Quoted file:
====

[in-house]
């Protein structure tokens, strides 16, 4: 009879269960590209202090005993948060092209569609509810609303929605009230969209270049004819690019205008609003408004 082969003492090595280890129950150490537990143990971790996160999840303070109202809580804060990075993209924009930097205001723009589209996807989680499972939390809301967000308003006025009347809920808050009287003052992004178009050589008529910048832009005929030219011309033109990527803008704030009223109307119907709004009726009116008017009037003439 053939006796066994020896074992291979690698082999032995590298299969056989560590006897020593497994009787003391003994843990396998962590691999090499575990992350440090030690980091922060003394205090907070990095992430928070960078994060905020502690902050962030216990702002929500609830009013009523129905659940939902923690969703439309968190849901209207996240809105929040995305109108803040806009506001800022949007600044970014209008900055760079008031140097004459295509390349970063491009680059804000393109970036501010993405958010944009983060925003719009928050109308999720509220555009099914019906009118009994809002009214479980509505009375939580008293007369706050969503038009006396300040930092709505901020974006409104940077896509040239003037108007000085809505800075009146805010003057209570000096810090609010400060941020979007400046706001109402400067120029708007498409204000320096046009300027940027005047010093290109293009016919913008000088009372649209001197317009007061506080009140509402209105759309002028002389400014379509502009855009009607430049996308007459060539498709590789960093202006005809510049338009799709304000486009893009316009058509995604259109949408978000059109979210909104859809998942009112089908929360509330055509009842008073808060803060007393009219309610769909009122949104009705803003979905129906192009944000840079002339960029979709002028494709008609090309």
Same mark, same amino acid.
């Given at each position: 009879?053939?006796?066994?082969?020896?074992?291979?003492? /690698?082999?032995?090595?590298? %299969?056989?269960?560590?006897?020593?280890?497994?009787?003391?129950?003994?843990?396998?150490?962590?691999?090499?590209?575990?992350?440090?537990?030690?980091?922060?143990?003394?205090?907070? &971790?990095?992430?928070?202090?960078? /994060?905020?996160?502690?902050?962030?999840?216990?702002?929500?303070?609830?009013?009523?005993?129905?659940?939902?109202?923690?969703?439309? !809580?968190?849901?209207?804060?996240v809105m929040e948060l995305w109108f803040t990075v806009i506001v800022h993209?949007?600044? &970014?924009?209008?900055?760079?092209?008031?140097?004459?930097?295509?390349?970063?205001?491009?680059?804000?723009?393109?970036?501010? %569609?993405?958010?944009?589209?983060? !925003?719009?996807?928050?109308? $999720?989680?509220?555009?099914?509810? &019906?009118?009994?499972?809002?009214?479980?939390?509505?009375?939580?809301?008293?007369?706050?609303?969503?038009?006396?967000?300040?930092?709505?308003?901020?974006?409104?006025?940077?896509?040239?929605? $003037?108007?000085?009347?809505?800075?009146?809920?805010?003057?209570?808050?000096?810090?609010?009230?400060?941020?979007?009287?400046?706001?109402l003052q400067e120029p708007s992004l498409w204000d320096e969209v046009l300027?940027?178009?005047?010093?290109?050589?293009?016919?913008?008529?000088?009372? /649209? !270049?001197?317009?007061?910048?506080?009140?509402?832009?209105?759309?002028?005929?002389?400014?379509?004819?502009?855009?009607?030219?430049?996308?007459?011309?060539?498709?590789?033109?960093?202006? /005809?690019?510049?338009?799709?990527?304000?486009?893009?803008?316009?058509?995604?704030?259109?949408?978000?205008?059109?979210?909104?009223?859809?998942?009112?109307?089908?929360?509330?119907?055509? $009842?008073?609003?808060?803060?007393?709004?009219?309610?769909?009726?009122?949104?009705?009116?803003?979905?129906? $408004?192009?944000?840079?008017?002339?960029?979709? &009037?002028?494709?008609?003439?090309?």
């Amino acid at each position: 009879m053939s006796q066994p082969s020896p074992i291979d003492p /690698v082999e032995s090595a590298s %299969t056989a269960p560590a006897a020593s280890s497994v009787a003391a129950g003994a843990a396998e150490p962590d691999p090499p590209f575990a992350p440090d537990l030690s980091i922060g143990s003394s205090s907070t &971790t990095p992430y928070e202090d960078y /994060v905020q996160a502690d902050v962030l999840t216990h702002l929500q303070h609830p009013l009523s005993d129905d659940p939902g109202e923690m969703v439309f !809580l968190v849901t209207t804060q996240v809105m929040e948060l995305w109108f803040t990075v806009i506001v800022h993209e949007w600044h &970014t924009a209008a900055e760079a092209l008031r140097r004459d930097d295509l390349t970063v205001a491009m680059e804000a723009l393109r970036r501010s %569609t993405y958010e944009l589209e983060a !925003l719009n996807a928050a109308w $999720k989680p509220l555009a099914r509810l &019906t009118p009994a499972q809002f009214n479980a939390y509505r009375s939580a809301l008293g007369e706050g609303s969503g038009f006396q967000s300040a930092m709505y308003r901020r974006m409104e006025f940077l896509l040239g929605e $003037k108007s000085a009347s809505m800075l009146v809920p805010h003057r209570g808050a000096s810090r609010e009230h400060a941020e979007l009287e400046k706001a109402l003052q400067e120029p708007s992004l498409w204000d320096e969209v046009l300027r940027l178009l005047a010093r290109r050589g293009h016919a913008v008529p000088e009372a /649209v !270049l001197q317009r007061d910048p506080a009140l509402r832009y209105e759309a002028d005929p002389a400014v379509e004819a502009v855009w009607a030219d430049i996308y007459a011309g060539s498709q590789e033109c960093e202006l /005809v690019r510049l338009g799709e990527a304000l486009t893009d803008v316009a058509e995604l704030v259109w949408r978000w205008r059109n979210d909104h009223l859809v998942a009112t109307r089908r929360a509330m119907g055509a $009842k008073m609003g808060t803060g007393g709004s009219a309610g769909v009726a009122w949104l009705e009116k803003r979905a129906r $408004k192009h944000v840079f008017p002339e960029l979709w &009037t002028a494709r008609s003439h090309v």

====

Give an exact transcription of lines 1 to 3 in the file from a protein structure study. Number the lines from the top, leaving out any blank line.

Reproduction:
[in-house]
């Protein structure tokens, strides 16, 4: 009879269960590209202090005993948060092209569609509810609303929605009230969209270049004819690019205008609003408004 082969003492090595280890129950150490537990143990971790996160999840303070109202809580804060990075993209924009930097205001723009589209996807989680499972939390809301967000308003006025009347809920808050009287003052992004178009050589008529910048832009005929030219011309033109990527803008704030009223109307119907709004009726009116008017009037003439 053939006796066994020896074992291979690698082999032995590298299969056989560590006897020593497994009787003391003994843990396998962590691999090499575990992350440090030690980091922060003394205090907070990095992430928070960078994060905020502690902050962030216990702002929500609830009013009523129905659940939902923690969703439309968190849901209207996240809105929040995305109108803040806009506001800022949007600044970014209008900055760079008031140097004459295509390349970063491009680059804000393109970036501010993405958010944009983060925003719009928050109308999720509220555009099914019906009118009994809002009214479980509505009375939580008293007369706050969503038009006396300040930092709505901020974006409104940077896509040239003037108007000085809505800075009146805010003057209570000096810090609010400060941020979007400046706001109402400067120029708007498409204000320096046009300027940027005047010093290109293009016919913008000088009372649209001197317009007061506080009140509402209105759309002028002389400014379509502009855009009607430049996308007459060539498709590789960093202006005809510049338009799709304000486009893009316009058509995604259109949408978000059109979210909104859809998942009112089908929360509330055509009842008073808060803060007393009219309610769909009122949104009705803003979905129906192009944000840079002339960029979709002028494709008609090309």
Same mark, same amino acid.